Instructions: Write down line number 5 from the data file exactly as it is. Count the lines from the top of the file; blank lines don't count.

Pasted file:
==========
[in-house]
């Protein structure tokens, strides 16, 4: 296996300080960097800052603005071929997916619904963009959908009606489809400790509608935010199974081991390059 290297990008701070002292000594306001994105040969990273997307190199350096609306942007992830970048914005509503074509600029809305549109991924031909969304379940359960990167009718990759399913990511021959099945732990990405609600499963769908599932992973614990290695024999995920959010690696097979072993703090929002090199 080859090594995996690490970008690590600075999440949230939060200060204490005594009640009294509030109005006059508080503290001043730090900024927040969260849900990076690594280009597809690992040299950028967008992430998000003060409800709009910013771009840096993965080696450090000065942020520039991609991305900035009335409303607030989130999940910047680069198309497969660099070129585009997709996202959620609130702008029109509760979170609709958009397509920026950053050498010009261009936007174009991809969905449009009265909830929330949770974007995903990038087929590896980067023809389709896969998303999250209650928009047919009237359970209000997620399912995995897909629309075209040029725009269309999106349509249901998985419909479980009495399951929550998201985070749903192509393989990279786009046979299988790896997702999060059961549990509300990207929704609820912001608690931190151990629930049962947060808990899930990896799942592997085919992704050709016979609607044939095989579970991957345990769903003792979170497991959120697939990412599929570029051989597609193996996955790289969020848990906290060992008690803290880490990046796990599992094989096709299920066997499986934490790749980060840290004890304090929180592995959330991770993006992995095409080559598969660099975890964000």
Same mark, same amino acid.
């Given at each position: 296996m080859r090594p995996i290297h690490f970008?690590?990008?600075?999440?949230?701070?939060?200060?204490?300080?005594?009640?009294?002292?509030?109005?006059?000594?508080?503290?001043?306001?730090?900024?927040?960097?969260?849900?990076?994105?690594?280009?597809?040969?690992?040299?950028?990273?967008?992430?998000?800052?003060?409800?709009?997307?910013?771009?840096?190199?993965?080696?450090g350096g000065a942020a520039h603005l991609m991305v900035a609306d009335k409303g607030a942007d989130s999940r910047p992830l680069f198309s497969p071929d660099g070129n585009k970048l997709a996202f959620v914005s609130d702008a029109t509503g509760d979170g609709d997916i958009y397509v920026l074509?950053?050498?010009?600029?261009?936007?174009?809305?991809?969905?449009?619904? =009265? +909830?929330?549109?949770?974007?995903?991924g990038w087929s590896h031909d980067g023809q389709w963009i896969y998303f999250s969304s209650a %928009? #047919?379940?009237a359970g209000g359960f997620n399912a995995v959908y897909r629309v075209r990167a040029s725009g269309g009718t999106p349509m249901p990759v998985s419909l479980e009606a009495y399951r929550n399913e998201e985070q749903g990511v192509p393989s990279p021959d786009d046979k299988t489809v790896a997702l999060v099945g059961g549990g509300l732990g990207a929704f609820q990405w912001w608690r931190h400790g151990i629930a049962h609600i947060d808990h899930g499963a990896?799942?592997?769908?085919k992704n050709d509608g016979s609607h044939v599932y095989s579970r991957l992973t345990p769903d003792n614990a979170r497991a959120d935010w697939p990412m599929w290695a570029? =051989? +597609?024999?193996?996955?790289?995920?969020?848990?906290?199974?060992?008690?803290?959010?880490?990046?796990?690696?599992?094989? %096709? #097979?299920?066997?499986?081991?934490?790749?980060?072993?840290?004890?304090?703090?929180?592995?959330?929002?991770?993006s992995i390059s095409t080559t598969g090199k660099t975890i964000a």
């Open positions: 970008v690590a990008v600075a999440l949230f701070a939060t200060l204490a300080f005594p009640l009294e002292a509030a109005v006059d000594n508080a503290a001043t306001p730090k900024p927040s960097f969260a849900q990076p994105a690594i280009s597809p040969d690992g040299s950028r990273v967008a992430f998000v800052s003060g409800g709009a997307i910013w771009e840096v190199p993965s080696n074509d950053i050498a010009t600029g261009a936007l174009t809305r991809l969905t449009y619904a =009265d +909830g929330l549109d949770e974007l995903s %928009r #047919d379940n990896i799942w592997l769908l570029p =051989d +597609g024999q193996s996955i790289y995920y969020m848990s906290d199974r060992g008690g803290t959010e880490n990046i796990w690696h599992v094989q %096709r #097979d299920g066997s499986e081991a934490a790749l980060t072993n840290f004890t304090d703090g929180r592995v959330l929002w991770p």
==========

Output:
């Open positions: 970008v690590a990008v600075a999440l949230f701070a939060t200060l204490a300080f005594p009640l009294e002292a509030a109005v006059d000594n508080a503290a001043t306001p730090k900024p927040s960097f969260a849900q990076p994105a690594i280009s597809p040969d690992g040299s950028r990273v967008a992430f998000v800052s003060g409800g709009a997307i910013w771009e840096v190199p993965s080696n074509d950053i050498a010009t600029g261009a936007l174009t809305r991809l969905t449009y619904a =009265d +909830g929330l549109d949770e974007l995903s %928009r #047919d379940n990896i799942w592997l769908l570029p =051989d +597609g024999q193996s996955i790289y995920y969020m848990s906290d199974r060992g008690g803290t959010e880490n990046i796990w690696h599992v094989q %096709r #097979d299920g066997s499986e081991a934490a790749l980060t072993n840290f004890t304090d703090g929180r592995v959330l929002w991770p």